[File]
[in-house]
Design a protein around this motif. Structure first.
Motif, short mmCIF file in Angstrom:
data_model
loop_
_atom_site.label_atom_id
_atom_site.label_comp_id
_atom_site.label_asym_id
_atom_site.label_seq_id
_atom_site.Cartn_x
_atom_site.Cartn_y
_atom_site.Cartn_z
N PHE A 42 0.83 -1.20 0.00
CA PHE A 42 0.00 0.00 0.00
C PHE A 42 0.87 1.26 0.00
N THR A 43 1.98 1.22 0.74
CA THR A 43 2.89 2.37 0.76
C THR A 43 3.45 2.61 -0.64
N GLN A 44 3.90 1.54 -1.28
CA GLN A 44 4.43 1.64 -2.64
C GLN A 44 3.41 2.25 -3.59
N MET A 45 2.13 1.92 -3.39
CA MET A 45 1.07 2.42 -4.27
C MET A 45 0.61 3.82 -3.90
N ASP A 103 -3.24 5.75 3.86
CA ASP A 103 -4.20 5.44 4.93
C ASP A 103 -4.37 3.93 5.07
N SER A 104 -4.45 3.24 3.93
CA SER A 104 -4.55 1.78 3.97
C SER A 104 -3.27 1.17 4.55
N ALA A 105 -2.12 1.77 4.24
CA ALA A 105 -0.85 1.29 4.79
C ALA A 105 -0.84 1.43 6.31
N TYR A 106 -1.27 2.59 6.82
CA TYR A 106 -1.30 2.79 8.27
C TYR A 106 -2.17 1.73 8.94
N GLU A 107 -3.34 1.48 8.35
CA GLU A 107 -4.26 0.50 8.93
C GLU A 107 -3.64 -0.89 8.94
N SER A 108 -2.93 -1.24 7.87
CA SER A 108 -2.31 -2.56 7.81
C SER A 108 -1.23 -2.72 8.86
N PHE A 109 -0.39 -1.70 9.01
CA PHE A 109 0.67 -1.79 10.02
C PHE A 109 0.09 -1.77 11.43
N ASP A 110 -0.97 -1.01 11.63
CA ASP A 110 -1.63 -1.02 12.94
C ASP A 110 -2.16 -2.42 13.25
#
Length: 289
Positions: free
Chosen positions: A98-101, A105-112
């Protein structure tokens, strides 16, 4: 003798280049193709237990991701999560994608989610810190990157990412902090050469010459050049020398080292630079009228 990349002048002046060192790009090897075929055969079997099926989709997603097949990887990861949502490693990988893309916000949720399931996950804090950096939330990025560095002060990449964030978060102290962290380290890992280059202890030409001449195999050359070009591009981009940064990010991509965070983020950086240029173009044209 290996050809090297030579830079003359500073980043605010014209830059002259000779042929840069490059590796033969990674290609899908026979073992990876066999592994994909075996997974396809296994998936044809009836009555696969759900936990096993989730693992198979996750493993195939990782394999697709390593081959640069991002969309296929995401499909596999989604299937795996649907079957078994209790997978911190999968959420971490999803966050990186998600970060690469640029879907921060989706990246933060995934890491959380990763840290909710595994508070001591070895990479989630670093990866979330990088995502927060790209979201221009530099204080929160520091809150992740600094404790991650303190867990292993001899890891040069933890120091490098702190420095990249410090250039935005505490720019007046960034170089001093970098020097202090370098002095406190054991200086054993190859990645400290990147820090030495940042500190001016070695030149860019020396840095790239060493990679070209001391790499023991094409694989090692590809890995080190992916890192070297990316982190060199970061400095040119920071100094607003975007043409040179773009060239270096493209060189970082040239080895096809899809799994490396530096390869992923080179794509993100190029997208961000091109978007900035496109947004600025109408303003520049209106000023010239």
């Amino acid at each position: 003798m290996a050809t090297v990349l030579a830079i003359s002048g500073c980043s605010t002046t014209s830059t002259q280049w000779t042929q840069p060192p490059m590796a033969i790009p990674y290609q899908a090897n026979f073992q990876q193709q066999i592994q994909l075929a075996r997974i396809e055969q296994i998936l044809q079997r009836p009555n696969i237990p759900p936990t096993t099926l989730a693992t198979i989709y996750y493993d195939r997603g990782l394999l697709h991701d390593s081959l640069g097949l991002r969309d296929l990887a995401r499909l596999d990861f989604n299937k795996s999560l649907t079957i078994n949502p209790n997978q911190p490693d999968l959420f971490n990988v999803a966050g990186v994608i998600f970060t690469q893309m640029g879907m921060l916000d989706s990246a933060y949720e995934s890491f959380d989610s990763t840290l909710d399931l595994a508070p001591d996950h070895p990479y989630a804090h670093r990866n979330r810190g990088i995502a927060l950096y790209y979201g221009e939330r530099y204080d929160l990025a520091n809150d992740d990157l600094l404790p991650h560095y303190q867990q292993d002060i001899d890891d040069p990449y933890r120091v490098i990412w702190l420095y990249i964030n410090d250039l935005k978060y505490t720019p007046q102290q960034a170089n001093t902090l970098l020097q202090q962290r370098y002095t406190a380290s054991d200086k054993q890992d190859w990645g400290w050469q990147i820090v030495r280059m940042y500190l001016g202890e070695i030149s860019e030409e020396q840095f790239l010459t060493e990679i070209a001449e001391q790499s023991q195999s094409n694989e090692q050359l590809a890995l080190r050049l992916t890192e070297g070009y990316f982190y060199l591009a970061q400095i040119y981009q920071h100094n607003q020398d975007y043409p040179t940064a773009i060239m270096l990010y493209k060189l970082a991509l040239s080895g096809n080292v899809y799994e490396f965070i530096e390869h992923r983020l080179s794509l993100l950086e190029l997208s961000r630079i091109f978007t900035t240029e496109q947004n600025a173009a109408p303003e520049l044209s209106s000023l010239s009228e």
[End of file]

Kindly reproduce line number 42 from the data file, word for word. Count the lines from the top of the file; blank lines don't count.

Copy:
C SER A 108 -1.23 -2.72 8.86